Soon after reaching the crystalline rocks the canyon proper of Thompson River is entered. The first deep, narrow part of this canyon west of the foothills is known as The Narrows. It has been cut by the stream in a complex consisting of hard metamorphosed sedimentary rocks, into which were forced many dikes and irregular masses of igneous material which now appear as coarsely crystalline rocks of lighter color than the fine-grained sedimentaries. The strata are upturned steeply and in some places stand nearly vertical (see Pl. X, p. 35). Their attitude and physical characteristics give rise to the interesting features for which this canyon is justly famous.
In cutting its passage the river has naturally sought the line of least resistance. When it strikes a layer of unusually hard rock it turns abruptly to one side, passes around the obstruction, and doubles back upon itself, following in some places an intricately winding course. The canyon walls are here characterized by sharp projecting edges of rock, and the top by pinnacles (see Pl. X), of varying form and height. In many places the walls rise sheer from the stream for hundreds of feet and are entirely wanting in vegetable growth. In other places trees have gained a precarious foothold by sending their roots into rock crevices, and we wonder how they survive. The bottom of the canyon is little wider than the stream, and in many places the roadway has been blasted from the cliff or is held up on the streamward side by a retaining wall.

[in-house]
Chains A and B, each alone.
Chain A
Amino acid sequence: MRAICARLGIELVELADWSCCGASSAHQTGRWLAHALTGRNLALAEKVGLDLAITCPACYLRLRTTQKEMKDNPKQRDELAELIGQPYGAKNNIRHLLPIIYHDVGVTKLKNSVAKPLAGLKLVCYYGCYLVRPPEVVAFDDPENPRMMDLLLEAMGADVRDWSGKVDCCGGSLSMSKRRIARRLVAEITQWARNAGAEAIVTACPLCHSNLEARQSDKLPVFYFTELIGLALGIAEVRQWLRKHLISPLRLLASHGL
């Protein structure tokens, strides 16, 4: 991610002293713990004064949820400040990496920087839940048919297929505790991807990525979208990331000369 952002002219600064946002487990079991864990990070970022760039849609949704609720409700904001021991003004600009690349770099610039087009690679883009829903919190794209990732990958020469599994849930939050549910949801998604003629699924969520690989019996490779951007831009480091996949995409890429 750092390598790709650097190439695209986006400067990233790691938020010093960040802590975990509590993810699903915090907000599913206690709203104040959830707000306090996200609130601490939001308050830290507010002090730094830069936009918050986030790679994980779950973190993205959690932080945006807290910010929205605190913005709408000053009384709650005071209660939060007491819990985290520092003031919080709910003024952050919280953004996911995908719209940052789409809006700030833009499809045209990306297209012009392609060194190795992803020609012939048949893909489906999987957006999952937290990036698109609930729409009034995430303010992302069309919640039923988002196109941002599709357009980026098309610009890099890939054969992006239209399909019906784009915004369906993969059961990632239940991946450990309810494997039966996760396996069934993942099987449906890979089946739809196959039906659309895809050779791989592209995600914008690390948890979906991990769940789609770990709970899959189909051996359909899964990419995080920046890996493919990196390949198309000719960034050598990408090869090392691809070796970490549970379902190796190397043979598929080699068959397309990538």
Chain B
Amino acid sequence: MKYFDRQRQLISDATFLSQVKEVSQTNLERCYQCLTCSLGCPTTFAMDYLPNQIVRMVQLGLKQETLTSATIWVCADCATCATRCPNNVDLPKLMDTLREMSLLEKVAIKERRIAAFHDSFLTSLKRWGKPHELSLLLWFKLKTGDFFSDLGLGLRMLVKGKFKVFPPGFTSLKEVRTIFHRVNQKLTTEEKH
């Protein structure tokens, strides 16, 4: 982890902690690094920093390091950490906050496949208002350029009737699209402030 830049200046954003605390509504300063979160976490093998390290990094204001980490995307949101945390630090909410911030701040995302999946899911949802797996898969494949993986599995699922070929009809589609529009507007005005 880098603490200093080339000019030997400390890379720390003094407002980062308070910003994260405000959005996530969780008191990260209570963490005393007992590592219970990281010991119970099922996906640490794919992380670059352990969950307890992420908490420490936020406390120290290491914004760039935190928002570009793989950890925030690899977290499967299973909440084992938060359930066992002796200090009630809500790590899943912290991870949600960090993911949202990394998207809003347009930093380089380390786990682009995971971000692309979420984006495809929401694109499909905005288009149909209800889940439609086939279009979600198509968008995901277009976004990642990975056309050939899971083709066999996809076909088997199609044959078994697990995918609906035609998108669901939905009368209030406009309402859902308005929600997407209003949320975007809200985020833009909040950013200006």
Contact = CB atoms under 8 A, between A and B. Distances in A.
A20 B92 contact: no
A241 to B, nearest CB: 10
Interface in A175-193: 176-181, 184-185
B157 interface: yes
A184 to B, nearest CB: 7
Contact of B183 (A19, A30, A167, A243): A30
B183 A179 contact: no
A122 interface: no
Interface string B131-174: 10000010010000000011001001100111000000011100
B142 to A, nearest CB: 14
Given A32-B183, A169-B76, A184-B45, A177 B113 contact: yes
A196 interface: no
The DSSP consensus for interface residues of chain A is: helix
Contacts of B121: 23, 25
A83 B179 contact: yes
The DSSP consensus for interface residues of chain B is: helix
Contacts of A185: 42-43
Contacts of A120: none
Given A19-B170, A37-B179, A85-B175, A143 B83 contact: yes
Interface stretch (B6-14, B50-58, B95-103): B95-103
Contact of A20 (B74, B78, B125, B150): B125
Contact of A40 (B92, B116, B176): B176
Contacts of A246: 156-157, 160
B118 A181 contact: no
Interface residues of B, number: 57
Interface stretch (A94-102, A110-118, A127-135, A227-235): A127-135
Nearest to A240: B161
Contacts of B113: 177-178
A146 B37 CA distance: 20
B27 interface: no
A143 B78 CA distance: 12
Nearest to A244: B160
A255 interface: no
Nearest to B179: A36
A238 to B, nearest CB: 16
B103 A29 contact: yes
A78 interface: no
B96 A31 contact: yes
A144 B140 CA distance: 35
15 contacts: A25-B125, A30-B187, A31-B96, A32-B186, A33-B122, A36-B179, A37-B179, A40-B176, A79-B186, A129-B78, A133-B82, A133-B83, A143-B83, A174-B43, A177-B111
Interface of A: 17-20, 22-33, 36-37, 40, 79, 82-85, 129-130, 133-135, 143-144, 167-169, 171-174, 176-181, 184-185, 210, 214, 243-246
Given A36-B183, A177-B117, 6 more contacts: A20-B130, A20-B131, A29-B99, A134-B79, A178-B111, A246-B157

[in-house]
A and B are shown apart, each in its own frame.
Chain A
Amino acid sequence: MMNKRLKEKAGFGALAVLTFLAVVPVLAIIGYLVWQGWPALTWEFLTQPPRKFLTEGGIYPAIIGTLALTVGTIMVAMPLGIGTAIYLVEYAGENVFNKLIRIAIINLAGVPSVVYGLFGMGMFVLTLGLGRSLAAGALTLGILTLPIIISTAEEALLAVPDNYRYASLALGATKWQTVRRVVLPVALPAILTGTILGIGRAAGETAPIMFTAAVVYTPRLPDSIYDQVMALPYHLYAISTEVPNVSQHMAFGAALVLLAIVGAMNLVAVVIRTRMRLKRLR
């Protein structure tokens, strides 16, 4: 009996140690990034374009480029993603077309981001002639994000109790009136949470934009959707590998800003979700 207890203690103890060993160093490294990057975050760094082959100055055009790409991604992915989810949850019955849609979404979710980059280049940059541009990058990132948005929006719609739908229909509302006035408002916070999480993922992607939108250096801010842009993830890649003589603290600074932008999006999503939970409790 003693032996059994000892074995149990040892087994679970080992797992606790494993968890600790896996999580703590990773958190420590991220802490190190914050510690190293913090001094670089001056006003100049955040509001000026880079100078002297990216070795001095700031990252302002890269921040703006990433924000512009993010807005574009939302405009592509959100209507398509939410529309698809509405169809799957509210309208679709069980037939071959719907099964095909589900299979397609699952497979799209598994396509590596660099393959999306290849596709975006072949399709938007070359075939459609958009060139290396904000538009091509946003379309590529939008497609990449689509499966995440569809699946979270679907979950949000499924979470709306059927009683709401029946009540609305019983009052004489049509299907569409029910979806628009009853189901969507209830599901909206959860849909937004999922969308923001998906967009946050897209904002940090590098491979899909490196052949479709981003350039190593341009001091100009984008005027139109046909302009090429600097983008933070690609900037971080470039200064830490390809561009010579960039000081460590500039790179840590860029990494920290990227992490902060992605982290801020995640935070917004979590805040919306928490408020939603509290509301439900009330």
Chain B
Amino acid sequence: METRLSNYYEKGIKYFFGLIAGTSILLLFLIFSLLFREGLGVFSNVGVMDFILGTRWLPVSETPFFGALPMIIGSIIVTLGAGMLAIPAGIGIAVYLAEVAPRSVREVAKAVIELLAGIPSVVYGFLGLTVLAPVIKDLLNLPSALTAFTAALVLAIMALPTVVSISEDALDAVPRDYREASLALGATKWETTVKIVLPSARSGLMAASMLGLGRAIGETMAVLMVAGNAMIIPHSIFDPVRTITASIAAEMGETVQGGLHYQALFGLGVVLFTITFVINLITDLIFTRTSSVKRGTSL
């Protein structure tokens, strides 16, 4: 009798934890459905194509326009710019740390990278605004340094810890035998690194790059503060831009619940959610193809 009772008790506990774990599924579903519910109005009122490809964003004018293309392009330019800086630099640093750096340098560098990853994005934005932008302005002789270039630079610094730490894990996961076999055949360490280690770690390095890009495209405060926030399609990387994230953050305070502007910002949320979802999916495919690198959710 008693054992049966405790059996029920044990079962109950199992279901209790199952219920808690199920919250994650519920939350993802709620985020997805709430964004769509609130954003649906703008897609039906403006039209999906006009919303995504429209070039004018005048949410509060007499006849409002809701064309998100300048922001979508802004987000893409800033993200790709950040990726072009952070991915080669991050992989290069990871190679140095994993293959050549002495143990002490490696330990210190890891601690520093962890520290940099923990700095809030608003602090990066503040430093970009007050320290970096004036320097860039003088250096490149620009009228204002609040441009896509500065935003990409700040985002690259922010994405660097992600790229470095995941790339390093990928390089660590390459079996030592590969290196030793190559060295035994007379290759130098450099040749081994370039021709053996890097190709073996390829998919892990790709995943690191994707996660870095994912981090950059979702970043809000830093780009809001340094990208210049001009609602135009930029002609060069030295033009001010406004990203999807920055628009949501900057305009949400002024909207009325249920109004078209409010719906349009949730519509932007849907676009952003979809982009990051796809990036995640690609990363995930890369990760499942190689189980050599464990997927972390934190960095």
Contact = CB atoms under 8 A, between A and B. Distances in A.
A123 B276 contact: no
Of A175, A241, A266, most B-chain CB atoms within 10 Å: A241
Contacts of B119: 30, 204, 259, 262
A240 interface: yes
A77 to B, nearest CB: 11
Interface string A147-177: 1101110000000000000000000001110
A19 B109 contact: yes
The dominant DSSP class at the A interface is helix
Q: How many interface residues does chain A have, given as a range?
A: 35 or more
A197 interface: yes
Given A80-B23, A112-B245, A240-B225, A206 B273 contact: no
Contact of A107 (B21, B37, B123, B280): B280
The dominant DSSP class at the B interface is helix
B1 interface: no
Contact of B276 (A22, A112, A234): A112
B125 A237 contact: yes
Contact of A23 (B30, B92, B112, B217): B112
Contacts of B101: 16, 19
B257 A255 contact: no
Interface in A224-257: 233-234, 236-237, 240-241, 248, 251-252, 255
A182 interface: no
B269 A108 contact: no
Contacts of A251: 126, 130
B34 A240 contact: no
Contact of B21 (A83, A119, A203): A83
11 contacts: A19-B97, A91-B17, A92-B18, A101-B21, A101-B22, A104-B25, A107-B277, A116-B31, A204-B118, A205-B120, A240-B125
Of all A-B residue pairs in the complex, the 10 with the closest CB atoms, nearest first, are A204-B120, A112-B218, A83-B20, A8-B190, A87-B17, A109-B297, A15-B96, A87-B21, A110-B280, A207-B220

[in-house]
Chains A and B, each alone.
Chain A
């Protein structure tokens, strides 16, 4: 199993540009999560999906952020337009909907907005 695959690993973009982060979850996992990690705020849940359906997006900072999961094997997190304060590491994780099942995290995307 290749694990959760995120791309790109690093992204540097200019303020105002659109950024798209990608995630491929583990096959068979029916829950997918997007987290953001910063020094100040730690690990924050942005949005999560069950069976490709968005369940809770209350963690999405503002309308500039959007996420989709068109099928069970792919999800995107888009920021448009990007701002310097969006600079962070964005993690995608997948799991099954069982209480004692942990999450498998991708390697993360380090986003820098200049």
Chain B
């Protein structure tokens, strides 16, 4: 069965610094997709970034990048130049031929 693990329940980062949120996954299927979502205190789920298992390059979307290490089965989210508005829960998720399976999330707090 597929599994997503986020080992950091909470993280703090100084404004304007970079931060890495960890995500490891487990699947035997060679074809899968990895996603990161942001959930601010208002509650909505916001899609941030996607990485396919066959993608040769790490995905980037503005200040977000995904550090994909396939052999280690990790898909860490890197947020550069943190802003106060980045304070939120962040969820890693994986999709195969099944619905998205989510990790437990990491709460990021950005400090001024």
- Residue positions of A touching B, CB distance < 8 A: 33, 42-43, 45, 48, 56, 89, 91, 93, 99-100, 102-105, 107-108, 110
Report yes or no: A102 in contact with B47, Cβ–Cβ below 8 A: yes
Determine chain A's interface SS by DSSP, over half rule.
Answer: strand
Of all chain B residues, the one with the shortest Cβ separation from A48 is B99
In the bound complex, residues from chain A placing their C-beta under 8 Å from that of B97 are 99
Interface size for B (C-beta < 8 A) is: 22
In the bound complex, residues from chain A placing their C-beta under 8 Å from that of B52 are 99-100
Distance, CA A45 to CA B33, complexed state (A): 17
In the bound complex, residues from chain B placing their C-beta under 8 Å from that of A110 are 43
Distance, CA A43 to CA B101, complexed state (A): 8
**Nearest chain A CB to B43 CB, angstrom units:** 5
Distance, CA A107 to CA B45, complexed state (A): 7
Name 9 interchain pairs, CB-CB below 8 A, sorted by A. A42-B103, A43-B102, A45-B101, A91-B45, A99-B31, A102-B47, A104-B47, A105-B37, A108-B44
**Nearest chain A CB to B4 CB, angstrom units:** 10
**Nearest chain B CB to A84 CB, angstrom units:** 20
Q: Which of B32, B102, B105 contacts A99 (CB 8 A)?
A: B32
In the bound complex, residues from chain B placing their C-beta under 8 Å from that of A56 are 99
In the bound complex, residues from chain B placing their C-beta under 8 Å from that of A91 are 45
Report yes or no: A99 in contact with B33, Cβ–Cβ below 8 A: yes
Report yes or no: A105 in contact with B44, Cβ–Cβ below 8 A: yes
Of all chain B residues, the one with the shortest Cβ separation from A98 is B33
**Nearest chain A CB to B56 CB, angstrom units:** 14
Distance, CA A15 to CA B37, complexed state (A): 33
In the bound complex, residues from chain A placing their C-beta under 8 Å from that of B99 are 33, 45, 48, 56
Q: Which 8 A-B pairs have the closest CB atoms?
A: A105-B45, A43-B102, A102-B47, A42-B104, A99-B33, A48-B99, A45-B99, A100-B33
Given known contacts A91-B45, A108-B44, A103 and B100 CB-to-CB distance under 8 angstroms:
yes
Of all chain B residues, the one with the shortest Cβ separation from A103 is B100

At the mouth of the canyon is a beautiful waterfall at the spill-way of the reservoir of the Loveland waterworks. Farther upstream the granitic rock which was forced into the sedimentary rock during ages long past is more abundant, and because it weathers more readily than the quartzite, the walls of the canyon here change from sheer precipices to craggy, forested slopes, and finally the canyon widens into an open mountain valley. Near the forks of the Thompson the rock is a coarse crystalline granite, much of which has the form known as pegmatite and consists chiefly of large crystals of pink feldspar, light-colored quartz, and crystals of mica, popularly, though erroneously, called isinglass. Crystals of this mineral may be found as large as one's hand and several inches thick, which can be split into thousands of thin transparent sheets. In this part of the canyon are many picturesque rapids (Pl. XI, where the water leaps and plunges from rock to rock and lashes itself into foam as if in impotent rage at the innumerable obstacles to its progress.